Glitzy, outrageous Dallas hairdresser and salon owner Paul Neinast was found dead Thursday in his Turtle Creek Boulevard high-rise apartment, according to a Dallas police report. Neinast was 59 years old. This morning, the Dallas County Medical Examiner’s Office says his next of kin, a brother, has been notified. But the cause of death has not been determined: Police — who were called to the apartment yesterday a little before noon, after he failed to show up to work — and the medical examiner still classify it as “unexplained.” An autopsy is scheduled for this morning.
Neinast — who opened his first salon in 1978, in Snider Plaza, at the wise old age of 25 — was a fixture on the Dallas social scene. His website listed a slew of high-profile clients, including Anne Rice, Olivia Newton John, Bruce Jenner, Linda Gray, Rock Hudson and Zsa Zsa Gabor. He once did makeup for George H. W. Bush, proudly declaring, “I’ve been cleared through the FBI and the CIA.”
Neinast’s longtime client and muse — he called her a “Soul Sister” in a Neinast Salon Facebook post on December 3 — was Dallas fashion model Jan Strimple, whom he met in 1980. Strimple told D last night that Neinast, who had been battling cancer, was at a Christmas party the night before he died.
At the time of his death, he plied his scissors and foils at the Neinast Salon at 6116 Luther Lane.
We knew Neinast as an over-the-top personality on the town, always laughing, always charming. Writer Glenna Whitley profiled the gregarious stylist in a 1988 Dallas Morning News story. Some highlights:
“Born in Denison, Neinast was the second-oldest of four boys born to a father who worked for the phone company and a homemaker who grew up in a well-to-do family. Neinast paints a picture of himself as an artistic, fun-loving troublemaker, raised in a tight-knit Catholic family by a mother who had lots of style. His maternal grandmother had designed handbags for I. Magnin, and they both instilled in him an appreciation for the finer things, and the finer people. To Neinast, calling someone a snob is a compliment.”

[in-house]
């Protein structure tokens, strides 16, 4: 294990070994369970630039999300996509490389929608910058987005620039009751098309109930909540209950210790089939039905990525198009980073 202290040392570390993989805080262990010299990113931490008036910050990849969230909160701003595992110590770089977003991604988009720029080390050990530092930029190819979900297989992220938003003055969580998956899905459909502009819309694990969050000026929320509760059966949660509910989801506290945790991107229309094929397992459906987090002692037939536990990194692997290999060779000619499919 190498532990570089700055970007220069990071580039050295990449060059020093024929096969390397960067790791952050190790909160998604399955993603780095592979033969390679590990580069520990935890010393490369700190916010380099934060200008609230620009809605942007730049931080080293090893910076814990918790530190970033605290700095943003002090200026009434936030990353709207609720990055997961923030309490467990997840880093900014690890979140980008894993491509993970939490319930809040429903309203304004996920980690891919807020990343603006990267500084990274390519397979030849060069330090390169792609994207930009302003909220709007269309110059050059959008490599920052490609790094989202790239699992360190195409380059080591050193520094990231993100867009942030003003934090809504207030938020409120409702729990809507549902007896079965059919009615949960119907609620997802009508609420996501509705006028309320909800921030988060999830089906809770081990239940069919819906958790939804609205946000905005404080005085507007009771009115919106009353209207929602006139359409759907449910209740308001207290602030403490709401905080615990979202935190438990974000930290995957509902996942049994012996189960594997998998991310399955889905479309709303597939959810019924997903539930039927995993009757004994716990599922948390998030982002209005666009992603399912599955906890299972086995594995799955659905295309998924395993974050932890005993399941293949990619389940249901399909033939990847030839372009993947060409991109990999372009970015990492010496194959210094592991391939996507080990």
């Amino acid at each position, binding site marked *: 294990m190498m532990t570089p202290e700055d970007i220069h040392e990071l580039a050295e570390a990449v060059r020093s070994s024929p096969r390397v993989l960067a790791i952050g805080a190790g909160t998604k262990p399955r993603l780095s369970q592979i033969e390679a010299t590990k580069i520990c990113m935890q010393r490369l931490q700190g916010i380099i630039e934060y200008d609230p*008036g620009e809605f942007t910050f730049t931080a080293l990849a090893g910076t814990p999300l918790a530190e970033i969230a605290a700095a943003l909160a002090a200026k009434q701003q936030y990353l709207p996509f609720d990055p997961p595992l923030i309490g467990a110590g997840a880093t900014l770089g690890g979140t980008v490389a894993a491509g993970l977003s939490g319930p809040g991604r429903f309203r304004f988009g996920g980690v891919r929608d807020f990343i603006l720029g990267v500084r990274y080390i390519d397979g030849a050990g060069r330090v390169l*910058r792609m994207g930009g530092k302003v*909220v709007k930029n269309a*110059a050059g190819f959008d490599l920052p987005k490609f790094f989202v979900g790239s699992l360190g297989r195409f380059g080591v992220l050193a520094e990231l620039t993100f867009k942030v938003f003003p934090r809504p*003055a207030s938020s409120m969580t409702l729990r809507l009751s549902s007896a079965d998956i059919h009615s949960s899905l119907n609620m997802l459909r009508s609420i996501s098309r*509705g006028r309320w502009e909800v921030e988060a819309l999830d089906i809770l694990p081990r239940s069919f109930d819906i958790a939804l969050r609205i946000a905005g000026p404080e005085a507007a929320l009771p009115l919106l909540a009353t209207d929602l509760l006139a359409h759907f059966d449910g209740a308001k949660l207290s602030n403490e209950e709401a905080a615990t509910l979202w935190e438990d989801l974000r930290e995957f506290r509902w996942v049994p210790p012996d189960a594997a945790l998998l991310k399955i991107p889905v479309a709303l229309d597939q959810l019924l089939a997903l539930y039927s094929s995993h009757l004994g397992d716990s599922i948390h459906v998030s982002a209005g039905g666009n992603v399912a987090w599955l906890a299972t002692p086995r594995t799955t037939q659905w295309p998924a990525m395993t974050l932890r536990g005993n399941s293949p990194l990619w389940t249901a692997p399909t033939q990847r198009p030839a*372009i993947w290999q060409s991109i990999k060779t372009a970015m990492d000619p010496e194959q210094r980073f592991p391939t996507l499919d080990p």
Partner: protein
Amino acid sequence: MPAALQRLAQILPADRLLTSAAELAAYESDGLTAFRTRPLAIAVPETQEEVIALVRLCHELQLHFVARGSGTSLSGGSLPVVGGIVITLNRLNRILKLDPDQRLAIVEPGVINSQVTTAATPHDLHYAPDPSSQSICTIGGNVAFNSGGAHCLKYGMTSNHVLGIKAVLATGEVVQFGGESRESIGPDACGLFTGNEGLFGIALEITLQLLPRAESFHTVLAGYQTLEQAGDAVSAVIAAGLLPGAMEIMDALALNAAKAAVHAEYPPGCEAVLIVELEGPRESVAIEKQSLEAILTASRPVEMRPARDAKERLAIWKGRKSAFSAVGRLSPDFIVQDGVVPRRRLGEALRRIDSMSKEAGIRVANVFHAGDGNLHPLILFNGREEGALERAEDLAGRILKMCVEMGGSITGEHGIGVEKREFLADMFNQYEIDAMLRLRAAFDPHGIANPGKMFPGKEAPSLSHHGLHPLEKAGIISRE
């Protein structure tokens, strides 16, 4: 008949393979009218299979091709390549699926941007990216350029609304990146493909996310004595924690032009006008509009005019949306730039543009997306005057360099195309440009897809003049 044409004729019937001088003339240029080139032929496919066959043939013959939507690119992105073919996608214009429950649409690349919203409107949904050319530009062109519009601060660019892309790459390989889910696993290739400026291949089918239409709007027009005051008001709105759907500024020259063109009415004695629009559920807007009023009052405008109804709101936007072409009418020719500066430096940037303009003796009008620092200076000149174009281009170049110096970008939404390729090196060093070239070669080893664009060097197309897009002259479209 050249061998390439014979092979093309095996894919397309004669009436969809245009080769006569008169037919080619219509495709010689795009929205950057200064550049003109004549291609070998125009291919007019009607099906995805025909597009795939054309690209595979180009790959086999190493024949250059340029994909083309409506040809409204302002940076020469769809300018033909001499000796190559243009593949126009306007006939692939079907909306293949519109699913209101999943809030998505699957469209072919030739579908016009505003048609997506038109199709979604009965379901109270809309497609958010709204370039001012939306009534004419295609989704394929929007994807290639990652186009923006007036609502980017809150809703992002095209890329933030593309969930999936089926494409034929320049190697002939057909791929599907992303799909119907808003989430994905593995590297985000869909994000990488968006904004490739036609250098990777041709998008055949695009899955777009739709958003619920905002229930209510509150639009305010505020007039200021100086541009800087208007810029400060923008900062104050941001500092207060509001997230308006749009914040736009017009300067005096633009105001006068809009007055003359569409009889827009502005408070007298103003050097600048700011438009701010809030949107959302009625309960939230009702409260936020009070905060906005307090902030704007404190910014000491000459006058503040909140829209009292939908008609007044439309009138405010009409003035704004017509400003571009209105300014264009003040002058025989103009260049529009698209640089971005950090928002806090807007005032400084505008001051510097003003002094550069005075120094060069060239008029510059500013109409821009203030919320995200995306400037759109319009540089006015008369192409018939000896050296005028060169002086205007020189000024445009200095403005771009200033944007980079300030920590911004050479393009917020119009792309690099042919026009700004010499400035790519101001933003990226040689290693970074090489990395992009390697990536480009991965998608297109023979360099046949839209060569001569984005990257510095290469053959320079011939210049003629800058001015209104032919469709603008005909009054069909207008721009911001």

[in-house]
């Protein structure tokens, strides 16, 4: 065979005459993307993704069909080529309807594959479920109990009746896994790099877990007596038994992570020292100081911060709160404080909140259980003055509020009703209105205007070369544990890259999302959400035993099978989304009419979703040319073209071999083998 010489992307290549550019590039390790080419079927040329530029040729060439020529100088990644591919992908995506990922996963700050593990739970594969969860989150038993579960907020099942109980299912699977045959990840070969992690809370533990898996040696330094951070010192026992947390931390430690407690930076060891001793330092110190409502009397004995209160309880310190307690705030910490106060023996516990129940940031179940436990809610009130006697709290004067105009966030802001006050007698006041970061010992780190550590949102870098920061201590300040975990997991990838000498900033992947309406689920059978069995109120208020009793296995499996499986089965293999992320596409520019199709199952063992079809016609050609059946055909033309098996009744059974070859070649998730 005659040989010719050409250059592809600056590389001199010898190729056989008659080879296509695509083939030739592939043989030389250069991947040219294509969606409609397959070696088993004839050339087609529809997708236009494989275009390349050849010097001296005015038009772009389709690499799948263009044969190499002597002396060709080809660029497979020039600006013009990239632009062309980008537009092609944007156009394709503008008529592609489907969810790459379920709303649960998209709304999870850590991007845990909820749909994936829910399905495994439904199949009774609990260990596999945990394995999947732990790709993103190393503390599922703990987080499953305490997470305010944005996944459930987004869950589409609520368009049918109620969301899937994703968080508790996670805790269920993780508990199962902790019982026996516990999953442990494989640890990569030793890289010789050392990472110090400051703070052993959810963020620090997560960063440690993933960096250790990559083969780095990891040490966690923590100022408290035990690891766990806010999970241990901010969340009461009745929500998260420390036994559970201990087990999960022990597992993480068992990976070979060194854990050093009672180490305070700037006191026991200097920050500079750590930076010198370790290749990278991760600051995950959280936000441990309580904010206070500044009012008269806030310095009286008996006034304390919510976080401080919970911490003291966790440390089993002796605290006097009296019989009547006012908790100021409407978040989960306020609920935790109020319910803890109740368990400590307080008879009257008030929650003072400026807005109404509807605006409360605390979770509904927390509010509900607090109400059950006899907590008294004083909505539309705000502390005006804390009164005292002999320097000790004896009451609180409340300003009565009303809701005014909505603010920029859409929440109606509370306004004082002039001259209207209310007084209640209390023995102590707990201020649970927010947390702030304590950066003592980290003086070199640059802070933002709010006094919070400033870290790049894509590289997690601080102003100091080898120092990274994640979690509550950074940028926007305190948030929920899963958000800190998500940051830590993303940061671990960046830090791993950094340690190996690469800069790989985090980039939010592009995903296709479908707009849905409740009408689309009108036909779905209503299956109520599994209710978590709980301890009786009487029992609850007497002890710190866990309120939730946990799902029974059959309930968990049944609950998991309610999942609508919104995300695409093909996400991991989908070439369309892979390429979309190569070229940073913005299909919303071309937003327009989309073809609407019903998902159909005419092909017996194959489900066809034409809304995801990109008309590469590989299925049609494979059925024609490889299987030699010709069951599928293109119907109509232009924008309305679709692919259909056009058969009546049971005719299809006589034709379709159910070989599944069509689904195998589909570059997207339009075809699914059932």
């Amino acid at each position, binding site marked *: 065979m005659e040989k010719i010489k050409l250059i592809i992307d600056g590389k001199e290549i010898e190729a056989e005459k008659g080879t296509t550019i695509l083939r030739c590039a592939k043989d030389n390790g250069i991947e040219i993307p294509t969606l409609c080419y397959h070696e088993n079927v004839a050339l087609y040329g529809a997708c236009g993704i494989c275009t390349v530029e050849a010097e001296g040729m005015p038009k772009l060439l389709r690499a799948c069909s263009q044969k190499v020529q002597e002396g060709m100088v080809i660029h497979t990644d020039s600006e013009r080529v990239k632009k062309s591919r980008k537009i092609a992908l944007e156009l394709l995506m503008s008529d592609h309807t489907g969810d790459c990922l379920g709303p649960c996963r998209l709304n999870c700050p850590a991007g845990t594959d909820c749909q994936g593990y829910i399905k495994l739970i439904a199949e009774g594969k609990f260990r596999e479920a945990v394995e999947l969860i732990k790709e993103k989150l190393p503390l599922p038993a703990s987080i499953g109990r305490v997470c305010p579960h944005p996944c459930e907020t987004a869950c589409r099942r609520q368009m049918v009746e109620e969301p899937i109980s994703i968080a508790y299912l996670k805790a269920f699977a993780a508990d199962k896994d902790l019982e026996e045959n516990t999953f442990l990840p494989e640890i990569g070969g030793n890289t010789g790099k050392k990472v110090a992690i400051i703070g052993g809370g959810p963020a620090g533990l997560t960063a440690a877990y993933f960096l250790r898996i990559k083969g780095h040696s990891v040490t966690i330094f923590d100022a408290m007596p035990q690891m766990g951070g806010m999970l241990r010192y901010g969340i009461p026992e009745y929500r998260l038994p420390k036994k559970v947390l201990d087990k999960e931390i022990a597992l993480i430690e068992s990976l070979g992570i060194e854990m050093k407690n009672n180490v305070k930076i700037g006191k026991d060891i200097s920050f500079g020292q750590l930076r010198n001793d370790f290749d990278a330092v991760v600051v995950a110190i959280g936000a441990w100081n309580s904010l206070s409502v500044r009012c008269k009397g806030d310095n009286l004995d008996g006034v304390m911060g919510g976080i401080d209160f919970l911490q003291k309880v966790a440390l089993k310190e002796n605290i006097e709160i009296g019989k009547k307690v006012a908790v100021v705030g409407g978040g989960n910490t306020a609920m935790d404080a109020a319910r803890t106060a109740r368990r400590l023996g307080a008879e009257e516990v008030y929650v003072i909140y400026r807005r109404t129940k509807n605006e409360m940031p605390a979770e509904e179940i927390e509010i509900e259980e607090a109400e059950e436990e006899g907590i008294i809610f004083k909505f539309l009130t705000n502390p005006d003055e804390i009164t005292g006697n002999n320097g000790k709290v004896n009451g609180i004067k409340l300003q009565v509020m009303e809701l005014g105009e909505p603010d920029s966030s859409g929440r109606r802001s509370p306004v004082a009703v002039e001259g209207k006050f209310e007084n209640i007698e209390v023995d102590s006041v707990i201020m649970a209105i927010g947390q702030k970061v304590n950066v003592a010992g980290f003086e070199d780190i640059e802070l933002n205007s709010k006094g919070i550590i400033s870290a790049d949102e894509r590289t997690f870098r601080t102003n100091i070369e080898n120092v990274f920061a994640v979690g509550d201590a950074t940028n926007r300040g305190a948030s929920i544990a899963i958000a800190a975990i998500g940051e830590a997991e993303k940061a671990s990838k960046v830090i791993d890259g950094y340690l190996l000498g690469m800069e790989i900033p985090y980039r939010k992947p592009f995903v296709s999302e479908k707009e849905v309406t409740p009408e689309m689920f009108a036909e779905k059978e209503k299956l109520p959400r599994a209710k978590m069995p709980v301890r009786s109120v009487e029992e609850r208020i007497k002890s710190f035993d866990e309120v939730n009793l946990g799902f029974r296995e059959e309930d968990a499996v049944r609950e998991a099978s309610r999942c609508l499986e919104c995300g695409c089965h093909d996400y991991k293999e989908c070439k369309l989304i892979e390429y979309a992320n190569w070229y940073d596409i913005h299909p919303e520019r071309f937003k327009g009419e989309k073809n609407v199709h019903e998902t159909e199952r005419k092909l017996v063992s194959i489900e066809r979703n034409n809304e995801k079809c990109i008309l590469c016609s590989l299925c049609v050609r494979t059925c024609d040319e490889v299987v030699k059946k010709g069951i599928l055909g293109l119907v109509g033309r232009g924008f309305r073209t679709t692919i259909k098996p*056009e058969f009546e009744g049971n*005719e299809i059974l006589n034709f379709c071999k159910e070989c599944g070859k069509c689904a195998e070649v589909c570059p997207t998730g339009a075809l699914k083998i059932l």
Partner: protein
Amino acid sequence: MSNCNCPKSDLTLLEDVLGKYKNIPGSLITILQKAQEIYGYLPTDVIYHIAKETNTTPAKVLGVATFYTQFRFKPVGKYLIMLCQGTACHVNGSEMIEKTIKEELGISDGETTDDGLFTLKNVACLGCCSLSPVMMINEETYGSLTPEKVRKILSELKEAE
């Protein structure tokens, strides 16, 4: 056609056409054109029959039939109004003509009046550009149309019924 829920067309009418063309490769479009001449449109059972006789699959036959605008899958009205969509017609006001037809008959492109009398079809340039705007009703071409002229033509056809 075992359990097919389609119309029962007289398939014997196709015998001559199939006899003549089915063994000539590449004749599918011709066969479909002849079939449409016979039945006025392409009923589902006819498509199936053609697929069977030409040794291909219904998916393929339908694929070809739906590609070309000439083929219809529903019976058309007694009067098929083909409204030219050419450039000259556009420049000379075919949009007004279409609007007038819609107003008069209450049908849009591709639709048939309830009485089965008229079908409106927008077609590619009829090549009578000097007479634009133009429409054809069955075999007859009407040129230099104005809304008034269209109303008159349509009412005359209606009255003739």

“In 1971, at age 17, he enrolled in Isbell’s University of Beauty Culture on McKinney Avenue and got his own apartment. His grandparents paid his tuition and rent. In 1973, when he was 19, his mother died after a long illness. It is her death, he says, that first heightened his determination to make it big, to be not just a hair stylist but a salon owner, and not just a salon owner but the owner of the biggest, most fashionable salon in Dallas.”
“In the early ’80s, a Londoner named Alan Stone, a female stylist named Mia, a Japanese haircutter named Aki and Paul Neinast ruled the Dallas hair scene. Each found a niche — Mia and Stone, the fashion crowd; Aki, the young North Dallas rich; and Neinast, the Old Guard, true Dallas society.”
“As fast as he was making money, he was spending it. He bought cars, entertained lavishly, and invested in stocks and real estate, acting on tips from wealthy clients. In 1983, he bought an Oak Lawn condominium. It was small, but exquisitely furnished, with a Baccarat chandelier, black carpets, granite countertops and baseboards, and Rembrandt and Renoir etchings.”
Writer Skip Hollandsworth, in D magazine’s December 1985 issue, said it all. “The greatest warlord of Dallas party coiffeurs,” Hollandsworth proclaimed, “is Paul Neinast.”
UPDATE Sept 1, 2013